Having spent the last few months in the UK taking stock of our work so far, having our AGM, meeting up with other ZUKHWA (Zambia UK Health Workforce Alliance) members and generating enthusiasm and support from several quarters, we are now in the process of planning our next steps for the Zambia Therapeutic Art training programme.
As an NGO we are very keen always to learn from our Zambian partners to ensure that our development plans can be both practical and sustainable. (Too often we hear of programmes biting the dust because of a lack of really addressing what is needed and what is possible).
Hence the reason for my (Lesley's) current 3 week visit to Lusaka to explore the best ways forward. Finding the best and cheapest route to get to Lusaka is the first task. In the past direct flights to Lusaka from London with BA or direct flights from Amsterdam with KLM were possible, but these have been cut, meaning that a change is always needed somewhere en route. Emirates turned out to be the best option this time. This was a new experience for me flying via Dubai - very interesting to see from the air; but not a place I felt inspired to visit.
Lusaka in June is also a new experience. This is the 'cold' season - and Zambians are shivering with the contrast from the norm. Indeed at night it gets cold enough to put on a fleece, but otherwise its mostly sunny and warm through the day 20 C at least - so coming from Scotland its on the par with pretty good summer weather - and with no chance of rain. June is also avocado season so the thump of falling avocados on the tin roof overnight, guarantees breakfast - delicious and unlike the under-ripe efforts in supermarkets at home.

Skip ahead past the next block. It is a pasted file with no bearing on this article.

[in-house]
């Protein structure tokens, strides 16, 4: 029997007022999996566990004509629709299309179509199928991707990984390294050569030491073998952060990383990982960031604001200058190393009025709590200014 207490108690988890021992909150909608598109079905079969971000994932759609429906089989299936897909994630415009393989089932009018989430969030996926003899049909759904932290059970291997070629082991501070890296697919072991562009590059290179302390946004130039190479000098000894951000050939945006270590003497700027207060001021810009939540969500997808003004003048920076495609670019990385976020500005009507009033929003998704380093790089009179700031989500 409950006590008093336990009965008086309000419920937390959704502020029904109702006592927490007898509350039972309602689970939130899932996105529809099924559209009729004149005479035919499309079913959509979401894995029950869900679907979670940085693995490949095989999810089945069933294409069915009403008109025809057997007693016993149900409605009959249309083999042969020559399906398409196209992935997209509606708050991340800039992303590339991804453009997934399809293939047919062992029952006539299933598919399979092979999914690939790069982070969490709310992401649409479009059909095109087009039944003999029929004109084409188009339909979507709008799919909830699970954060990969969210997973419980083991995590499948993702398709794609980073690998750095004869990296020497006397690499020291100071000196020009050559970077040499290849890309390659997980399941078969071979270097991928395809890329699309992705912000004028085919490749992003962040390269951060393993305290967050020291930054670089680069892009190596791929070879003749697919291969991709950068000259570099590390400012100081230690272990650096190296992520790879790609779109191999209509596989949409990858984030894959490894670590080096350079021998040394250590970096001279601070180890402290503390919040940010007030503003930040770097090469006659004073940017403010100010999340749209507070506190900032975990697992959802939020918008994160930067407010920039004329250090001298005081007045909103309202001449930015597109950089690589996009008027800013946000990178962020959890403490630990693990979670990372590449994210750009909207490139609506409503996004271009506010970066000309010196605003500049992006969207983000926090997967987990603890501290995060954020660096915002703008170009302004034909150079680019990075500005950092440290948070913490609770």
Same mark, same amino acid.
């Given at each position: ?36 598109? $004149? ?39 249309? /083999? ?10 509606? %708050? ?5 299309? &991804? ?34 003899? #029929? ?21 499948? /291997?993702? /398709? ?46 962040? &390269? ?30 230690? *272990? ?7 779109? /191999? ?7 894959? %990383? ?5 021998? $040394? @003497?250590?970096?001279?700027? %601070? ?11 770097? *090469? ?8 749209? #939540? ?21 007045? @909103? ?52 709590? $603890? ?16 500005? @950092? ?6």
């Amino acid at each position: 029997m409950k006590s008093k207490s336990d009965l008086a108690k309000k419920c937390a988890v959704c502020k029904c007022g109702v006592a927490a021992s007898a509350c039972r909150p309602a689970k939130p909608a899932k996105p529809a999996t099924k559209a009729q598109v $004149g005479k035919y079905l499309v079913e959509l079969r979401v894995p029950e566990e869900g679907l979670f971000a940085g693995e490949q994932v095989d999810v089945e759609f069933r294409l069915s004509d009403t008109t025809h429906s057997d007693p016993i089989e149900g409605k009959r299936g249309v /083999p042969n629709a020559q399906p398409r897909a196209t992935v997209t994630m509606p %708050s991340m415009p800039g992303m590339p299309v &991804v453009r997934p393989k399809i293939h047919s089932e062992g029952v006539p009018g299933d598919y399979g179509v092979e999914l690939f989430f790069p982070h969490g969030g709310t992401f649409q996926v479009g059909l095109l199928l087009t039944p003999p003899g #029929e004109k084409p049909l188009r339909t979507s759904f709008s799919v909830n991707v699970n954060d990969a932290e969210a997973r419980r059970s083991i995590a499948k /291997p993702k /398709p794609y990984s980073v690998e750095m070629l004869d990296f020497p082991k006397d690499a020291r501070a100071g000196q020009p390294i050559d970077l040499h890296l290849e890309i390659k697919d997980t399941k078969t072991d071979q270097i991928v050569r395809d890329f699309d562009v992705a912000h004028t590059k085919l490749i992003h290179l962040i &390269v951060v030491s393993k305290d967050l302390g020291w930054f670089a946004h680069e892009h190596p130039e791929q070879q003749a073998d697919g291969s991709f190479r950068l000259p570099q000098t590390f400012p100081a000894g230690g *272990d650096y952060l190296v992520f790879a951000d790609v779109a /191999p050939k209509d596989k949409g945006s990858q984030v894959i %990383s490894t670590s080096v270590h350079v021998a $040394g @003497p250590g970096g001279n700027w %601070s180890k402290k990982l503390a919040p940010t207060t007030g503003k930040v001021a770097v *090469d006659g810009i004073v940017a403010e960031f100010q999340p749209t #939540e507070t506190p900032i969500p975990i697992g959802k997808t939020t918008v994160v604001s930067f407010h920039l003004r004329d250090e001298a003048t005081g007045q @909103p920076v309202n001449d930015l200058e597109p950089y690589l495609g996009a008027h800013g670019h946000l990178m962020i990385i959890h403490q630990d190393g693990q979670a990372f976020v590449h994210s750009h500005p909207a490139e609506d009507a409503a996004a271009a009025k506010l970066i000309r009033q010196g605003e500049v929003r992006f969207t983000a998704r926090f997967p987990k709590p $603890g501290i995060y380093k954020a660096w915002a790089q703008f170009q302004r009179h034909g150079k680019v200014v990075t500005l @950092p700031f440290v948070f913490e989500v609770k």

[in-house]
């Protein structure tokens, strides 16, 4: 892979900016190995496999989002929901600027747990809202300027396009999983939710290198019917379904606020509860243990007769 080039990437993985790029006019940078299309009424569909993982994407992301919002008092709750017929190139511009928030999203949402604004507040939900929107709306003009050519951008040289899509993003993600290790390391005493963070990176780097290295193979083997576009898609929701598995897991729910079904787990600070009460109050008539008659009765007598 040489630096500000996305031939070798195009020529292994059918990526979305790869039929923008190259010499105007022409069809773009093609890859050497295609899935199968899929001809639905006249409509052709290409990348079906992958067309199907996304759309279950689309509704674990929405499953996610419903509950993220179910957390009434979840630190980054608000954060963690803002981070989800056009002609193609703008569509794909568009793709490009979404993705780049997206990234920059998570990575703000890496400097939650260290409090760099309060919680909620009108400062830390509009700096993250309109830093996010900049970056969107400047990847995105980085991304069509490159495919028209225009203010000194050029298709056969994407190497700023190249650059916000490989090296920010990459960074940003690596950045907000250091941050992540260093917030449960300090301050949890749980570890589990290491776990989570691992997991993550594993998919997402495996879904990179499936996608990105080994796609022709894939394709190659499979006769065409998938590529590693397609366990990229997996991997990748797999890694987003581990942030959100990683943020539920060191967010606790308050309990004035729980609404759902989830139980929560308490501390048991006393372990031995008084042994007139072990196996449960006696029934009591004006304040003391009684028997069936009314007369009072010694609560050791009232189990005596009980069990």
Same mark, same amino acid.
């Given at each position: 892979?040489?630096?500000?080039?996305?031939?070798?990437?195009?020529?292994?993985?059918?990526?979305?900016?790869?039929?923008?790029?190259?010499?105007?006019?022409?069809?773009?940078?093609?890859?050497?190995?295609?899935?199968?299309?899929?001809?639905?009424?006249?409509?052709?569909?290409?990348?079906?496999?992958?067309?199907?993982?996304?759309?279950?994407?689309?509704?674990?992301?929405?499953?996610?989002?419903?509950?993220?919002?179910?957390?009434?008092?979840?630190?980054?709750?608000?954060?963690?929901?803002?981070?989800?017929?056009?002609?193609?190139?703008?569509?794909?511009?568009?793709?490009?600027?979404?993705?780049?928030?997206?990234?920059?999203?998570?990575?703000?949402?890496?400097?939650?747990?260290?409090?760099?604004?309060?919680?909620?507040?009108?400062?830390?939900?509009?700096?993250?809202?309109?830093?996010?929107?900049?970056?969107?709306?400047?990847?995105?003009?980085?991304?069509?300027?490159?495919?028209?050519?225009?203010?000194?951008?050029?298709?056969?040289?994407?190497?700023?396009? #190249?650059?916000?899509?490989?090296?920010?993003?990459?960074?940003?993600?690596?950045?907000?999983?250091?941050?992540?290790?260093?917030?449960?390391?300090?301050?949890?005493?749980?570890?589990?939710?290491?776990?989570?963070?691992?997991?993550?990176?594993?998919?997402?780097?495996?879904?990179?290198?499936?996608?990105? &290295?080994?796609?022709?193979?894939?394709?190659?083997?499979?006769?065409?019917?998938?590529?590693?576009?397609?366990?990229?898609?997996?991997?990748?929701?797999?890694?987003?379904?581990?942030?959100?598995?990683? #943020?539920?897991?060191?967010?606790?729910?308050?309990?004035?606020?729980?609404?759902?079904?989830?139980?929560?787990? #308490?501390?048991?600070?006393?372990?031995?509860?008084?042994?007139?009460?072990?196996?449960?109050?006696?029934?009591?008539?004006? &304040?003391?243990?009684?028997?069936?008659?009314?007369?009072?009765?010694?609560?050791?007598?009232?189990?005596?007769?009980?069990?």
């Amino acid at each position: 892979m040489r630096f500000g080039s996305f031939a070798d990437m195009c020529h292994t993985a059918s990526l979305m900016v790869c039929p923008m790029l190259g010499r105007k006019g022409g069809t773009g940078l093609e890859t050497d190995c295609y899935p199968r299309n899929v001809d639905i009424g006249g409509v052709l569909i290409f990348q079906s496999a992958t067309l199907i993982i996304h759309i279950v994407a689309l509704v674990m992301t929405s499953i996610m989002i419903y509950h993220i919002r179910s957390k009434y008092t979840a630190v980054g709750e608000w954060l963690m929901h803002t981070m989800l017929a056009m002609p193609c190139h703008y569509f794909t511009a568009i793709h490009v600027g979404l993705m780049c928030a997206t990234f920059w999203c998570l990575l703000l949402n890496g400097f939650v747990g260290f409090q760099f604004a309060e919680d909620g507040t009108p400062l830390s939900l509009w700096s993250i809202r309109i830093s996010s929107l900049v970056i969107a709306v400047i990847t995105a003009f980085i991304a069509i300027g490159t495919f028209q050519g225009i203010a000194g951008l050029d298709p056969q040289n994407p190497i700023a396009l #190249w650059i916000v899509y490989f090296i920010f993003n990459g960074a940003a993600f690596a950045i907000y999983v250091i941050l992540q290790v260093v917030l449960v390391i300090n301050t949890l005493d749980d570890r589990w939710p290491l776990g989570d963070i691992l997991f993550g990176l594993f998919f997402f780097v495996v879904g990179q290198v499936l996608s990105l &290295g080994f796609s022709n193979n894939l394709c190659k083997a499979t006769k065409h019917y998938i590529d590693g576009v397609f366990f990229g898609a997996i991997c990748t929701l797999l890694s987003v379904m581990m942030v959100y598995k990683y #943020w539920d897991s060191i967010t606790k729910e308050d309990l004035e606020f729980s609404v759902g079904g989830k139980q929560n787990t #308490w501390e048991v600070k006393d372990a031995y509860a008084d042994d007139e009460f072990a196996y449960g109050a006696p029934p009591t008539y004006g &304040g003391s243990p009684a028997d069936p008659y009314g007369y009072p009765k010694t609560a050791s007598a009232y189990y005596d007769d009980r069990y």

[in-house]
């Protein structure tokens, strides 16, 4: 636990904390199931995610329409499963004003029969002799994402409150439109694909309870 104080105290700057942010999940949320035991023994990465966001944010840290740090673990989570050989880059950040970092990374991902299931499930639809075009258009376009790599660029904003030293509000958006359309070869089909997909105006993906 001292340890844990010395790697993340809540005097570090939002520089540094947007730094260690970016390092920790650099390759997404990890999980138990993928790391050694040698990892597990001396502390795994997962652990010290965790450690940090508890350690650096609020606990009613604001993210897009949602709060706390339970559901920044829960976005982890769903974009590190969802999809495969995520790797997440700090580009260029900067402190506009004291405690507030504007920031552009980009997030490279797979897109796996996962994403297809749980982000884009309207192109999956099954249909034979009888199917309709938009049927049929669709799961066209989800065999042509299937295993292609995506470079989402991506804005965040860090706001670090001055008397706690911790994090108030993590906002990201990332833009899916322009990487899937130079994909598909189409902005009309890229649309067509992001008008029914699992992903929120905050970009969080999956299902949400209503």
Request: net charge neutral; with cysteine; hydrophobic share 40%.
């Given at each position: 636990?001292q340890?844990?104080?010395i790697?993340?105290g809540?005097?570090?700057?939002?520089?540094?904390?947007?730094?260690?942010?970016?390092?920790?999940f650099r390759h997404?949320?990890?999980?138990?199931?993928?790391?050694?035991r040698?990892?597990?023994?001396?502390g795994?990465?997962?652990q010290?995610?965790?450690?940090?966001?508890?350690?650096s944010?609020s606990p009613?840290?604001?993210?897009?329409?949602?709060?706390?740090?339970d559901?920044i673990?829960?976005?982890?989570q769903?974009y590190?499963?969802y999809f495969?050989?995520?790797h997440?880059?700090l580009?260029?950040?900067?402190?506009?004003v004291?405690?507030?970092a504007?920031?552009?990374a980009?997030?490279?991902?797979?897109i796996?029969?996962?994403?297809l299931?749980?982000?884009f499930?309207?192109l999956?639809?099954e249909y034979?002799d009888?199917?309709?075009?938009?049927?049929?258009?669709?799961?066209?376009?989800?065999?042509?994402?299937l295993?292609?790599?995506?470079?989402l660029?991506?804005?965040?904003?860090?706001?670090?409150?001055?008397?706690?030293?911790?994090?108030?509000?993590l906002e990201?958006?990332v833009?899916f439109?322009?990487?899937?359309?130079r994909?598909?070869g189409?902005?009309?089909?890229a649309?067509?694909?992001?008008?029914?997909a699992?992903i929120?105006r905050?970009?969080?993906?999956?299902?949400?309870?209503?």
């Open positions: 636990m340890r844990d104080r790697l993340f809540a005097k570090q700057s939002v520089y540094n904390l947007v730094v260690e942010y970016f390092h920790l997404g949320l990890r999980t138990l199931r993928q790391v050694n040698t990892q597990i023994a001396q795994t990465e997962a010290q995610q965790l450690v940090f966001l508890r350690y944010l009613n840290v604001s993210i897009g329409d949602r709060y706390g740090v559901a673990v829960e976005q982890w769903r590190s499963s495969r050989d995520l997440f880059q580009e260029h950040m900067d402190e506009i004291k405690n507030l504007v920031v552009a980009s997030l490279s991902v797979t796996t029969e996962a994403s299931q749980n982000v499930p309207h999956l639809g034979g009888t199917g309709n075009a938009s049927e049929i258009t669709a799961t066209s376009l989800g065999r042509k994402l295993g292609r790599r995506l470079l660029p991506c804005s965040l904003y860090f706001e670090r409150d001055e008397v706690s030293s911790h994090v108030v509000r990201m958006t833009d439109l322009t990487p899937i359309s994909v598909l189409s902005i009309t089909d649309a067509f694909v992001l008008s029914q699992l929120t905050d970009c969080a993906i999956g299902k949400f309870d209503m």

Zambians are due to go to the polls on August the 11th so there is much political activity in Lusaka and despite the occasional loud throng getting a bit over heated, Zambia is keeping to its excellent reputation of peaceful elections.
Linking up with our partners at the hospitals has been very straightforward and all have been most welcoming and immediately recount both how useful the training has been and that they are using art in their everyday practice with patients and clients. In one interaction I was shown a picture done that morning by a boy whose drawing clearly showed that his sense of insecurity was derived from multiple changes of care givers, and that his best friend at school was his most consistent in his life. This information helped the doctor guide the family in the need for consistent care from now on and also the importance of keeping him at the same school as his friend.
I have been able to set up a number of meetings for the planning discussions. A key element of the discussions is our wish to 'train trainers' so that the Therapeutic Art course can be delivered by Zambian mental health professionals and be rolled out more widely. Already it is looking that we can start training trainers on our next training visit which will be in January 2017. So far so good....